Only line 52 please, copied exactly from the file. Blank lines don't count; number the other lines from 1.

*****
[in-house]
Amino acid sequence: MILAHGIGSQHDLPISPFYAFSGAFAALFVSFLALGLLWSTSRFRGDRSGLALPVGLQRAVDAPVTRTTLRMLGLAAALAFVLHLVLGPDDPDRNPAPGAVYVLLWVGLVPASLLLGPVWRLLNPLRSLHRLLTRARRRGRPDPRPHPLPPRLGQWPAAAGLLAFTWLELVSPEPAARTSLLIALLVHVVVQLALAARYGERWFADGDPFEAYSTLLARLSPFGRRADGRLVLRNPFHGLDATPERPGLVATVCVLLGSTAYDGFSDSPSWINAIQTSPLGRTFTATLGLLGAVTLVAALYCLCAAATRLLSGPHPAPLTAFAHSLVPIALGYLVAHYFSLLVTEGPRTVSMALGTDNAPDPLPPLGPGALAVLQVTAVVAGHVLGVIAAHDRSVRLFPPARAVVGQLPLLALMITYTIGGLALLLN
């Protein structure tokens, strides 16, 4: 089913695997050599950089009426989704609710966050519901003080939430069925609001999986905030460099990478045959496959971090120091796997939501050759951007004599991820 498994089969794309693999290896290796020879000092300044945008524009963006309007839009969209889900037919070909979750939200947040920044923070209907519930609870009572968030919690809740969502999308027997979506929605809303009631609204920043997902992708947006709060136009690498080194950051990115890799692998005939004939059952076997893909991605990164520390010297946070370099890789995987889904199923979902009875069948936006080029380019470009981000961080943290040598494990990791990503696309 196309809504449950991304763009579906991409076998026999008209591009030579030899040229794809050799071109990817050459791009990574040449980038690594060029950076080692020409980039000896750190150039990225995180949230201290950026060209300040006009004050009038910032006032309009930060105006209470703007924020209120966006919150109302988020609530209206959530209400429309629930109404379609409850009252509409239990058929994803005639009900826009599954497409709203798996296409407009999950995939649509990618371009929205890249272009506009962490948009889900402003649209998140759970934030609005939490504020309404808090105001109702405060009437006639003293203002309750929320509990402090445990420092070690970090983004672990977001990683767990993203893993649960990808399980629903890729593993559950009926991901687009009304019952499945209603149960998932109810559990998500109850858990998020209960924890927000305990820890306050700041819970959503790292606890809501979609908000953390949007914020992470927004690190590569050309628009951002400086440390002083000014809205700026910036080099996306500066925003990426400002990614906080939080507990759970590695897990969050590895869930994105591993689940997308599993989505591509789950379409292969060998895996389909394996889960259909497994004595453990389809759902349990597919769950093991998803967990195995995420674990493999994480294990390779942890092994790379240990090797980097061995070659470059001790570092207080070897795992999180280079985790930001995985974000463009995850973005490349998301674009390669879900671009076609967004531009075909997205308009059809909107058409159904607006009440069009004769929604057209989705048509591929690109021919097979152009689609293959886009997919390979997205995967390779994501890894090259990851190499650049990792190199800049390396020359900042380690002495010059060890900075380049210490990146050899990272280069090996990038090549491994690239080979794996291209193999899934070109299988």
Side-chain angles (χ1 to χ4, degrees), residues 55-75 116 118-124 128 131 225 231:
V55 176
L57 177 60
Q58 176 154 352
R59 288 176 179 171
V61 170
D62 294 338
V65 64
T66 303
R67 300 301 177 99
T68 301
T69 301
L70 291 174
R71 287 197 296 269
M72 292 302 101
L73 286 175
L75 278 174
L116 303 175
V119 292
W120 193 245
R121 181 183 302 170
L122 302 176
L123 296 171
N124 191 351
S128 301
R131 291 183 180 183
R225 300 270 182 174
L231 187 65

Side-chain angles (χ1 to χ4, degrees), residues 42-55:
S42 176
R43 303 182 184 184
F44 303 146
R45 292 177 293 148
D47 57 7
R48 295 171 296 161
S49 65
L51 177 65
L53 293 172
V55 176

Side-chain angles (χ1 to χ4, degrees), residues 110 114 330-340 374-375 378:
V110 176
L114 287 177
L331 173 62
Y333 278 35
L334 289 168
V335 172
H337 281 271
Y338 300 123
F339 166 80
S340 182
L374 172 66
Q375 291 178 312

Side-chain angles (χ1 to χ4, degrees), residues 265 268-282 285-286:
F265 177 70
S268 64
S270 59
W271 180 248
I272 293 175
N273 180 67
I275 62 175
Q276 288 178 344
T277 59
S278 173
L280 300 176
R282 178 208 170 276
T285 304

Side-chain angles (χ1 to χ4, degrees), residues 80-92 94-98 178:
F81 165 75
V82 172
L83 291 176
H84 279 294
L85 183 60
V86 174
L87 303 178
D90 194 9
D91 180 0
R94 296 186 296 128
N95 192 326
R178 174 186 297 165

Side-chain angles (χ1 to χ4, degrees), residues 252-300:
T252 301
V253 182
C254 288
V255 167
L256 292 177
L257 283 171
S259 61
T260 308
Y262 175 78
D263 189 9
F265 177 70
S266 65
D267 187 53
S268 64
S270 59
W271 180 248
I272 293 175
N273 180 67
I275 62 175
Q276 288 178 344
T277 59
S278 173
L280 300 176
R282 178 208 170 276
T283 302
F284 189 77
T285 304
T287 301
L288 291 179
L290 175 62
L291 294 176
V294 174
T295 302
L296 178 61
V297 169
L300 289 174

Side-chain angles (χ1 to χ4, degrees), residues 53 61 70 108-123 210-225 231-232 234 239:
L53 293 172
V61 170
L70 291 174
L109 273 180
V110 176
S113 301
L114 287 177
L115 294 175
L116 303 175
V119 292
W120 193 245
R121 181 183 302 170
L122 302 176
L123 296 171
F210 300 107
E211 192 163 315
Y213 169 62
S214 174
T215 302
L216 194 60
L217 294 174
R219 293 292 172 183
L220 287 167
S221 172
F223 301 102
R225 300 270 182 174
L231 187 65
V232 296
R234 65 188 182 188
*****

F339 166 80